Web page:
Yet in the times of Antiochus, it was one people only which was against the Jews, and Zechariah himself speaks only of the Greeks; Zac 9:13; here he repeatedly emphasizes that they were "all nations" (Zac 12:2-3, Zac 12:6, Zac 12:9). It may then rather be, that the future, the successive efforts of the world to crush the people of God, and its victory amid suffering, and its conversions of the world through the penitent looking to Jesus, are exhibited in one great perspective, according to the manner of prophecy, which mostly exhibits the prominent events, not their order or sequence. : "The penitential act of contrite sinners, especially of Jews, looking at Him "whom they pierced," dates from the Day of Pentecost, and continues to the latter days, when it will be greatly intensified and will produce blessed results, and is here concentrated into one focus. The rising up of God's enemies against Christ's Church, which commenced at the same time, and has been continued in successive persecutions from Jews, Gentiles, and other unbelievers in every age, and which will reach its climax in the great antichristian outbreak of the last times, and be confounded by the Coming of Christ to judgment, is here summed up in one panoramic picture, exhibited at once to the eye."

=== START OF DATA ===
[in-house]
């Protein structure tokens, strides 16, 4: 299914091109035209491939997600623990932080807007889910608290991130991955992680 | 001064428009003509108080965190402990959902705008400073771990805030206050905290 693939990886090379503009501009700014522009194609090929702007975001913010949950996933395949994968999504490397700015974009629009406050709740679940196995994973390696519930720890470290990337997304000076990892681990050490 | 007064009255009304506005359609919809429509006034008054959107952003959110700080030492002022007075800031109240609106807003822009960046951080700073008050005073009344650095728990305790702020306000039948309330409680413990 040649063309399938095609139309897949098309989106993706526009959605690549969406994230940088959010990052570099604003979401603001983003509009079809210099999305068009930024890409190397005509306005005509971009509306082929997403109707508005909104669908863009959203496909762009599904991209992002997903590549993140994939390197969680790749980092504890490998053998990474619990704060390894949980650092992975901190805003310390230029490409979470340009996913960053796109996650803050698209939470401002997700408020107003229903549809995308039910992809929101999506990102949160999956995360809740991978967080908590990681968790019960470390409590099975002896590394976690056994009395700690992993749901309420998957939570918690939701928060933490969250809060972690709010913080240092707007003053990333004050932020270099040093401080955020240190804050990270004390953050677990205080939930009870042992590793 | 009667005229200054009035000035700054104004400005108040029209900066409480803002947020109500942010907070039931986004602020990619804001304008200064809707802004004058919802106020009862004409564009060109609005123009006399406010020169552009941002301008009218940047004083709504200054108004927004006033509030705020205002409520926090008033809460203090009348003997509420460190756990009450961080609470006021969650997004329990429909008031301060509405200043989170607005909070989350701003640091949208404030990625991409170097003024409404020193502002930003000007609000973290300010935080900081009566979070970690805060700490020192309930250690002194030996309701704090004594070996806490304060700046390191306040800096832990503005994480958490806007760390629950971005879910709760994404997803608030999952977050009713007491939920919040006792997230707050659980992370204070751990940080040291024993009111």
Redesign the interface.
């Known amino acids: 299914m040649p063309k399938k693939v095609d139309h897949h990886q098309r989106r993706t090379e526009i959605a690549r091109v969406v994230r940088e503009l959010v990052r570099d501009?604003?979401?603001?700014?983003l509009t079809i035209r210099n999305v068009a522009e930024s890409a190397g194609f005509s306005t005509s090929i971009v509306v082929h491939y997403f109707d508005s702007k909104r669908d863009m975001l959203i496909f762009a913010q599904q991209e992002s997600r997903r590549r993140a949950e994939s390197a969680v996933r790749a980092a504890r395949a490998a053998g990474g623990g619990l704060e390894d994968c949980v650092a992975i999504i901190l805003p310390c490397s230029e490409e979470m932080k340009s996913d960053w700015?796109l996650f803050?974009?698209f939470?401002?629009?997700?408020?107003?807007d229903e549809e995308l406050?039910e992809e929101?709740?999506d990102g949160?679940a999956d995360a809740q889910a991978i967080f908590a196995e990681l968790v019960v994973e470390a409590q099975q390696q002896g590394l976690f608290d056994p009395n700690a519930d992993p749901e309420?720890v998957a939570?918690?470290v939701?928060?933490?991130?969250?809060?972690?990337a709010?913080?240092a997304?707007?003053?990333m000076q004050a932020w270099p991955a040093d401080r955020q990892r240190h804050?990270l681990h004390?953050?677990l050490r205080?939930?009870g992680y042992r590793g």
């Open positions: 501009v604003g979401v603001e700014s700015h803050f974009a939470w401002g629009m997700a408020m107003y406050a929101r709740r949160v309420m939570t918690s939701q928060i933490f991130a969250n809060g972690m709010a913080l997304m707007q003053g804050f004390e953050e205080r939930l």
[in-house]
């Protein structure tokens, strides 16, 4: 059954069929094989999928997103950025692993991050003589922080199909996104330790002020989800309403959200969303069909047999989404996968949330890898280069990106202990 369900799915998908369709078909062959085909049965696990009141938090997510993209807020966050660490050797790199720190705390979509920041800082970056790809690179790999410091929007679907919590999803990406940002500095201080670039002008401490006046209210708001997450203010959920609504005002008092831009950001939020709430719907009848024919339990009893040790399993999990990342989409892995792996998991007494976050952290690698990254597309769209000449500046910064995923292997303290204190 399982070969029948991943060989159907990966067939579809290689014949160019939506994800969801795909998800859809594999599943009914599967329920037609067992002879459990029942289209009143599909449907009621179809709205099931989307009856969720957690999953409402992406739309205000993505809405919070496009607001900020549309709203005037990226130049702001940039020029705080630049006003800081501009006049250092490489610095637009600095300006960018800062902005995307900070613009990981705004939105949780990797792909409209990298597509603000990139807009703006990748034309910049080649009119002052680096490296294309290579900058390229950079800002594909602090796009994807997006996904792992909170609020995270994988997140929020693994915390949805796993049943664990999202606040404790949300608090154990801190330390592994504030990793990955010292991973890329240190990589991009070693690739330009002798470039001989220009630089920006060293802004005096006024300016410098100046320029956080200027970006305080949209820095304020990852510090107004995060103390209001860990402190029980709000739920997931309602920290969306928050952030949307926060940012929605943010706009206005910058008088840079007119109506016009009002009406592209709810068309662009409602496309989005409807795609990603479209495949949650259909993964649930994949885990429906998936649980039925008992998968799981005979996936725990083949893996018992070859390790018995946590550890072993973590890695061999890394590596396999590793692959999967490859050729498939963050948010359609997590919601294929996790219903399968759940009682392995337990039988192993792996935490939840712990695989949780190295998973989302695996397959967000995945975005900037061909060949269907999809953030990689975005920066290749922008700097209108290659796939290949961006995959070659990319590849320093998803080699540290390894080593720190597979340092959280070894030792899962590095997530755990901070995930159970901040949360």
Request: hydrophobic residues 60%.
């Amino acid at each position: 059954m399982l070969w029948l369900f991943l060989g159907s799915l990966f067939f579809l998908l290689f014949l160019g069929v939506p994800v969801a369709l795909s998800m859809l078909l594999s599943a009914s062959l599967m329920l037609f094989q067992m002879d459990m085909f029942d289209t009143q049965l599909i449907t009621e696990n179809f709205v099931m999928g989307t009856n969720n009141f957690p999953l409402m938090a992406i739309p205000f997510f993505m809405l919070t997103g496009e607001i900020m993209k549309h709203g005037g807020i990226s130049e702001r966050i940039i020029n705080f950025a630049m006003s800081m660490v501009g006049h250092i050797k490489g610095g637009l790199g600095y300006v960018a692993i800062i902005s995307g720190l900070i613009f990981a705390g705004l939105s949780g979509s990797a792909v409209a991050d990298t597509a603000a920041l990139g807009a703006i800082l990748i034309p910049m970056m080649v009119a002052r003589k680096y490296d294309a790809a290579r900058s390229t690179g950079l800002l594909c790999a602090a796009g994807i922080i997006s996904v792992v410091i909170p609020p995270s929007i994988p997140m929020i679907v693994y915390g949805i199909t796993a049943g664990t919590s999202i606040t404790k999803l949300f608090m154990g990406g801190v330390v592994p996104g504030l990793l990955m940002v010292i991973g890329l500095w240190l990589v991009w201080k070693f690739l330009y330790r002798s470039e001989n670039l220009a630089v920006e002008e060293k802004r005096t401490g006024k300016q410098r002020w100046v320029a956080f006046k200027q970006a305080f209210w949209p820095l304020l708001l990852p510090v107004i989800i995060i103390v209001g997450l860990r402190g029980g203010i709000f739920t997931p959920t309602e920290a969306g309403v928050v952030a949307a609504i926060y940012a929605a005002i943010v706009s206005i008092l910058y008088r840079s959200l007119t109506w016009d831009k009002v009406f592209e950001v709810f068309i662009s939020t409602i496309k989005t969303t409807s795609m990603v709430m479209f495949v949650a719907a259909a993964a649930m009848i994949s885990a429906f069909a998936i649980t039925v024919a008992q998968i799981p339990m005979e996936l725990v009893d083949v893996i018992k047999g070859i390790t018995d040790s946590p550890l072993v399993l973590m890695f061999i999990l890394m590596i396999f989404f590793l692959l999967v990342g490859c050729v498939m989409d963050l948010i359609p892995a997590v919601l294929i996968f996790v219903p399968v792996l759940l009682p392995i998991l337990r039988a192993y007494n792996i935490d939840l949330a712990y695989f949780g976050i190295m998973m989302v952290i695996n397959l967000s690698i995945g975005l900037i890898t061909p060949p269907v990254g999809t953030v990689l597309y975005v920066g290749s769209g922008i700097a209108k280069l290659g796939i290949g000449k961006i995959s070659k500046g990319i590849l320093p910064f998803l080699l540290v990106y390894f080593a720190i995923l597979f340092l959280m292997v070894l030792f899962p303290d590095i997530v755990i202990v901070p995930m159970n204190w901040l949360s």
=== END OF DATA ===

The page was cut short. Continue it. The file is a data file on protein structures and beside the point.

Which stretcheth forth the heavens - God's creative power is an ever-present working, as our Lord says, "My Father worketh hitherto and I work" Joh 5:17. His preservation of the things which He has created is a continual re-creation. All "forces" are supported by Him, who alone hath life in Himself. He doth not the less "uphold all things by the word of His power," because, until the successive generations, with or without their will, with or against His Will for them, shall have completed His Sovereign Will, He upholds them uniformly in being by His Unchanging Will. Man is ever forgetting this, and because, "since the fathers fell asleep, all things continue as from the beginning of the creation" Pe2 3:4, they relegate the Creator and His creating as far as they can to some time, as far back as they can imagine, enough to fill their imaginations, and forget Him who made them, in whose bands is their eternity, who will be their Judge. So the prophets remind them and us of His continual working, which people forget in the sight of His works; "Thus saith the Lord; He that createth the heavens, and stetcheth them out; He that spreadeth forth the earth and its produce, who giveth breath to the people upon it, and spirit to them that walk therein" Isa 42:5; and, "I am the Lord who maketh all things, who stretcheth out the heavens alone, who spreadeth abroad the earth by Myself" Isa 44:24; speaking at once of that, past in its beginning yet present to us in its continuance, but to Him ever-present present; and of things actually present to us, "that frustrateth the tokens of the liars" Isa 44:25; and of things to those of that day still future, "that confirmeth the word of His servant, and performeth the counsel of His messengers" Isa 44:26 : the beginning of which was not to be till the taking of Babylon. And the Psalmist unites past and present in one, "Donning light as a garment, stretching out the heavens as a curtain; who layeth the beams of His chambers on the waters, who maketh the clouds His chariot; who walketh on the wings of the wind; who maketh His angels spirits, His ministers a flame of fire; He founded the earth upon its base." Psa 104:2-5. And Amos, "He that formeth the mountains and createth the winds, and declareth unto man his thoughts" (Amo 4:13, add Amo 5:8); adding whatever lieth nearest to each of us.